Speaking of which:
Southwestern droughts soon will become a permanent feature of life here - not just an occasional disaster to weather, according to a new study.
The Southwestern droughts of the past several dozen years are totally different from those that will occur as the planet warms, scientists discovered in a study published today in the journal Science.
"The future changes, they are something we haven't seen before," said Jian Lu, co-author of the study and a researcher with the National Center for Atmospheric Research in Boulder.
NCAR, if you haven't heard of them, is a leader in gorebal warbling hysteria.
Studying the origins of predicted droughts. That's a neat trick, even with 19 (count 'em!) computer models.
Lu and his colleagues found that historic droughts in the Southwest could all be linked to natural variation in sea-surface temperatures, often to La Niña conditions, where the tropical Pacific Ocean cools.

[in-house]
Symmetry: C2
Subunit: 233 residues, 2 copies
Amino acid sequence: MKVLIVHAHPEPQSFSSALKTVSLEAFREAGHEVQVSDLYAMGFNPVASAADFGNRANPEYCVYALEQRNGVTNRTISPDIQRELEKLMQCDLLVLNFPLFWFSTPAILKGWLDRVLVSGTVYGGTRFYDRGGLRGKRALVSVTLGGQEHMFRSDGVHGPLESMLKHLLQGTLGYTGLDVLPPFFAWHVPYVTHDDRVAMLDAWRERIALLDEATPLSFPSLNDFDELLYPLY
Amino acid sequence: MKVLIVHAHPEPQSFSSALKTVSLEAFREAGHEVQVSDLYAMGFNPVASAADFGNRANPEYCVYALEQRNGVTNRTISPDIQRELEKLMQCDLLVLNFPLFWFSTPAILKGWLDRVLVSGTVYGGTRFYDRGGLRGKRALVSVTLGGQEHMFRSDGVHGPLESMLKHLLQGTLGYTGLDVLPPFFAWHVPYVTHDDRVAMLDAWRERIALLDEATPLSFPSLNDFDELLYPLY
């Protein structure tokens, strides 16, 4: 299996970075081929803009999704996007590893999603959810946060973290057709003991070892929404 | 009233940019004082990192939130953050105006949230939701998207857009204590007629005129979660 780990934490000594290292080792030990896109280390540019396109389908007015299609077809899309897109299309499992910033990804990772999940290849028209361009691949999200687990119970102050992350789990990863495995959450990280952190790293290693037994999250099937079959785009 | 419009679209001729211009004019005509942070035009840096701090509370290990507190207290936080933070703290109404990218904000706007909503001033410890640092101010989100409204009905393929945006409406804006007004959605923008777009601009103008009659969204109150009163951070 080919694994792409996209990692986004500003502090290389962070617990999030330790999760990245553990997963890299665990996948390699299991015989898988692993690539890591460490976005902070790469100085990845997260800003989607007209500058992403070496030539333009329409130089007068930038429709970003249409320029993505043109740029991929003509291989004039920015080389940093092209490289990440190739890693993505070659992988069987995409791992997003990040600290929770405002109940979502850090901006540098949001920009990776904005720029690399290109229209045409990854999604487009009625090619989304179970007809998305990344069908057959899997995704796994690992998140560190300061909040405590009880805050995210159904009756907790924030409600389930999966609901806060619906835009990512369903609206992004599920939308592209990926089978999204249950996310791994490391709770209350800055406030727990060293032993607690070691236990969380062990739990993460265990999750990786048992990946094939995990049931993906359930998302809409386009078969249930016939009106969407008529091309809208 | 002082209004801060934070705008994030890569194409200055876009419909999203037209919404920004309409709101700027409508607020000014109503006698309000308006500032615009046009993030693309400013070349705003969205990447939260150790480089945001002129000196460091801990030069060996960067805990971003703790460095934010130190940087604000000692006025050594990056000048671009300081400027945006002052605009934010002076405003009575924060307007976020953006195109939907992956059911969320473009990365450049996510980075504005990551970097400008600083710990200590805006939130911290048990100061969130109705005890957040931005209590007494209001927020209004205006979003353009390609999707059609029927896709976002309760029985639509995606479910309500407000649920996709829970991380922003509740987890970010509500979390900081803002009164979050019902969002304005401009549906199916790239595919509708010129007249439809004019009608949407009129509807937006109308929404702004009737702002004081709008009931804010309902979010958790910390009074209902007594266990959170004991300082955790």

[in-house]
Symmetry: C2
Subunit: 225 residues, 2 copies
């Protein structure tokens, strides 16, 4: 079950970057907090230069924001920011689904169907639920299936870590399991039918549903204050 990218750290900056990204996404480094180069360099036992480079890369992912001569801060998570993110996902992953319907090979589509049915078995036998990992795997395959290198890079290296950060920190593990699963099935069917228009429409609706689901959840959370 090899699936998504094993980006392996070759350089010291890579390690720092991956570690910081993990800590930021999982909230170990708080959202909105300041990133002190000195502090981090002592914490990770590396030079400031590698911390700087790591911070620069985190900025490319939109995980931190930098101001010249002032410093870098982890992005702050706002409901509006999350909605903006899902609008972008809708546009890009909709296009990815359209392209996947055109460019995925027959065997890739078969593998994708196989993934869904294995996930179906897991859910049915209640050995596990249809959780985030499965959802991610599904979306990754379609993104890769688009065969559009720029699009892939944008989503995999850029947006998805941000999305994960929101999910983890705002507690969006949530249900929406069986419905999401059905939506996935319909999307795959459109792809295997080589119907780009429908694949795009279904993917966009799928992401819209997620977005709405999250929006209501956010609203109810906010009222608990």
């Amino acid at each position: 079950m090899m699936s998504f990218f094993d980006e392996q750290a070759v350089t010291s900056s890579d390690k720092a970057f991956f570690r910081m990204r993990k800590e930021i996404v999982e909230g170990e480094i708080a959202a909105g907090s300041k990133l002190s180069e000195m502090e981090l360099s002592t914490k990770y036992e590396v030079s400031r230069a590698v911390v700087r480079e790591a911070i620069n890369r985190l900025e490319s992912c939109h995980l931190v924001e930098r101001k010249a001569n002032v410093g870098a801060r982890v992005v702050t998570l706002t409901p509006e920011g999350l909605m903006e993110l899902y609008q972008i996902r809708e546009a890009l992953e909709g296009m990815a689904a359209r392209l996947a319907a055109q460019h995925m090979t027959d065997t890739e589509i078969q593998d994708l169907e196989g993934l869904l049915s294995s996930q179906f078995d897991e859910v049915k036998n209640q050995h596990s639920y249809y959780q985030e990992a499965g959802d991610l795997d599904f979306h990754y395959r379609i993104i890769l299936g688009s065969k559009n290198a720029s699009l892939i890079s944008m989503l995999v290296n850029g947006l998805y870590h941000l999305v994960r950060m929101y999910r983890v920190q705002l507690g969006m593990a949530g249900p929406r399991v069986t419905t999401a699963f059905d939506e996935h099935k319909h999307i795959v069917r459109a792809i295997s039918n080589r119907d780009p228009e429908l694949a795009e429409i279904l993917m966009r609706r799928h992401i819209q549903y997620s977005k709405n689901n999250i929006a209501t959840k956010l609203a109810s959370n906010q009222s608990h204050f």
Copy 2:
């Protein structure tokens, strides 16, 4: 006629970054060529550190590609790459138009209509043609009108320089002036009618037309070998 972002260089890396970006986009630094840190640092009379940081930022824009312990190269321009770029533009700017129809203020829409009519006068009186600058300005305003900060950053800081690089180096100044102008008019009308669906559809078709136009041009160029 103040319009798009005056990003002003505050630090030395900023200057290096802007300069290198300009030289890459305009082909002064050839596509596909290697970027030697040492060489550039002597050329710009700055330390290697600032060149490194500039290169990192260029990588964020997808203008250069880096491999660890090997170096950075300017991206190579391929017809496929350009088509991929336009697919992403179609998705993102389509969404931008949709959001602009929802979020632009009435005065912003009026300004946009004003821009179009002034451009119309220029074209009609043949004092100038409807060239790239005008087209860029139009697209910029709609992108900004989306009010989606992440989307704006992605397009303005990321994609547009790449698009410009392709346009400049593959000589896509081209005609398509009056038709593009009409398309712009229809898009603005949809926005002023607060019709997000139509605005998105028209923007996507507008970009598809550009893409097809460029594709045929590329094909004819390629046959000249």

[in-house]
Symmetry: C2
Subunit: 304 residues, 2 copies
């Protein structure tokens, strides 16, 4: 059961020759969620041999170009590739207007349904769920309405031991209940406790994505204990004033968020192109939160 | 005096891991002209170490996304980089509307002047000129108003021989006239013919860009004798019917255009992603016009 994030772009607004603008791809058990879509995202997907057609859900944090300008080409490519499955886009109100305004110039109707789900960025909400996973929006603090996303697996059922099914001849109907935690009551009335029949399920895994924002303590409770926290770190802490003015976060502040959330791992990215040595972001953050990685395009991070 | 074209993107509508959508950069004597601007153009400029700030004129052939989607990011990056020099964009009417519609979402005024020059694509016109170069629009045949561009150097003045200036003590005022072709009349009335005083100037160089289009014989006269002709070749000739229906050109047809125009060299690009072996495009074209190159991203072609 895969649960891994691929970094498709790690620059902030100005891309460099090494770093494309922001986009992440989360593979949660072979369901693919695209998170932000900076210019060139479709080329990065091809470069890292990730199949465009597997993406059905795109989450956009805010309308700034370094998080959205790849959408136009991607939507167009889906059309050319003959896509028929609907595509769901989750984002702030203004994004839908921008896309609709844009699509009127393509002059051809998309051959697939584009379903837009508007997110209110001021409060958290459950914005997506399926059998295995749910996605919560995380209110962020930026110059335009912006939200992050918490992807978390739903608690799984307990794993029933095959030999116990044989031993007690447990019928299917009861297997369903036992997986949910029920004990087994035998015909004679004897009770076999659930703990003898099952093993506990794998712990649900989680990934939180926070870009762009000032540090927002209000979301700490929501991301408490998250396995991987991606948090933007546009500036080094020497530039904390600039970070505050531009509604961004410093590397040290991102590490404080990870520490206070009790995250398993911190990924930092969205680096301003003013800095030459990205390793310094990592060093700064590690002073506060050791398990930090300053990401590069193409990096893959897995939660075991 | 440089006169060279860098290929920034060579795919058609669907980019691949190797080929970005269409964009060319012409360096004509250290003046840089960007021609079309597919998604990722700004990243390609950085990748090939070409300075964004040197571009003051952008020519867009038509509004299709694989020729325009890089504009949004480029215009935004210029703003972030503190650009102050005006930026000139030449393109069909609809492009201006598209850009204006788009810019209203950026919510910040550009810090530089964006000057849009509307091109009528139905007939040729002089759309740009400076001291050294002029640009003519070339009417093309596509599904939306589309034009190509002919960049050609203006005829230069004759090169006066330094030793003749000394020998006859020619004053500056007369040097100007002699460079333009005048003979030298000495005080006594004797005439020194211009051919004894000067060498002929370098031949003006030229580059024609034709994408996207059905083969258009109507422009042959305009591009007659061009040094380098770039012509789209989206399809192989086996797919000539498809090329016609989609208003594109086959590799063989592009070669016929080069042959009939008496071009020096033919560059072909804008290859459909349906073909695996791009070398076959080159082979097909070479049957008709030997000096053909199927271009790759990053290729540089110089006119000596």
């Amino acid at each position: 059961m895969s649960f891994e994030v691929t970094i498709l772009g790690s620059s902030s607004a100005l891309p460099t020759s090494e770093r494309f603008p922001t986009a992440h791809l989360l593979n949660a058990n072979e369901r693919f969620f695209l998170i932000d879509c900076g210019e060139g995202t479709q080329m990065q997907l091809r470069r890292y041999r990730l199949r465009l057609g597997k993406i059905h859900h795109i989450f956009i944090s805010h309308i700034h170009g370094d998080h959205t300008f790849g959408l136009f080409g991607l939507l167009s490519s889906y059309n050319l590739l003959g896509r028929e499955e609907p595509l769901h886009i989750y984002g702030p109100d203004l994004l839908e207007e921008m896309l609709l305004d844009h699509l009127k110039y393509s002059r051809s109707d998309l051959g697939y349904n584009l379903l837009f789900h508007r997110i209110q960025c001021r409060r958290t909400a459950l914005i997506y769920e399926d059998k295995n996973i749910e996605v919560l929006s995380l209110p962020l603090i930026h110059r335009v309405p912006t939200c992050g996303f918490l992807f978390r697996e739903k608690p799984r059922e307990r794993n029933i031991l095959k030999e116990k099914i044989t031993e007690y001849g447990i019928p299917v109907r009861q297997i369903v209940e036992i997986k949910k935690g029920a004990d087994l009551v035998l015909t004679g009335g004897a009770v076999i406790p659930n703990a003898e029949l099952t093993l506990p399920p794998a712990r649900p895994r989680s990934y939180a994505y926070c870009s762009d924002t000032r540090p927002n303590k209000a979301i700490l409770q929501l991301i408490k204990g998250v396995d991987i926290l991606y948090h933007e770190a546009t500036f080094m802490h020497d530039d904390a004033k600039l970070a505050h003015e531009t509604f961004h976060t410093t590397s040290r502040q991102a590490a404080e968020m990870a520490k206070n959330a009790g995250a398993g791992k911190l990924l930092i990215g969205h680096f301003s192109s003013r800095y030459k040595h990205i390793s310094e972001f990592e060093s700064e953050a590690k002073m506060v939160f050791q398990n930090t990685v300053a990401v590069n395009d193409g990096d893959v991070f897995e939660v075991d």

That spins weather patterns around the globe - usually drying out the Southwest.
Such ocean-driven droughts can last one season or several years, but they break when the sea-surface temperatures shift back toward normal or warm, said co-author Richard Seeger, a researcher at Columbia University's Lamont-Doherty Earth Observatory in Palisades, N.Y.
Seeger's research team used 19 computer models to study the origins of the droughts that have been predicted for the future Southwest in a warmer world.
Global warming causes a very different type of drought, by sending rainstorm and snowstorm tracks northward, and by evaporating more moisture from the ground.
There's little relief, then, from shifting ocean temperatures, Seeger said.
"The next century, it will be like a permanent 1930s or 1950s drought," he said.
How does he know? To quote the old hymn: the models tell him so.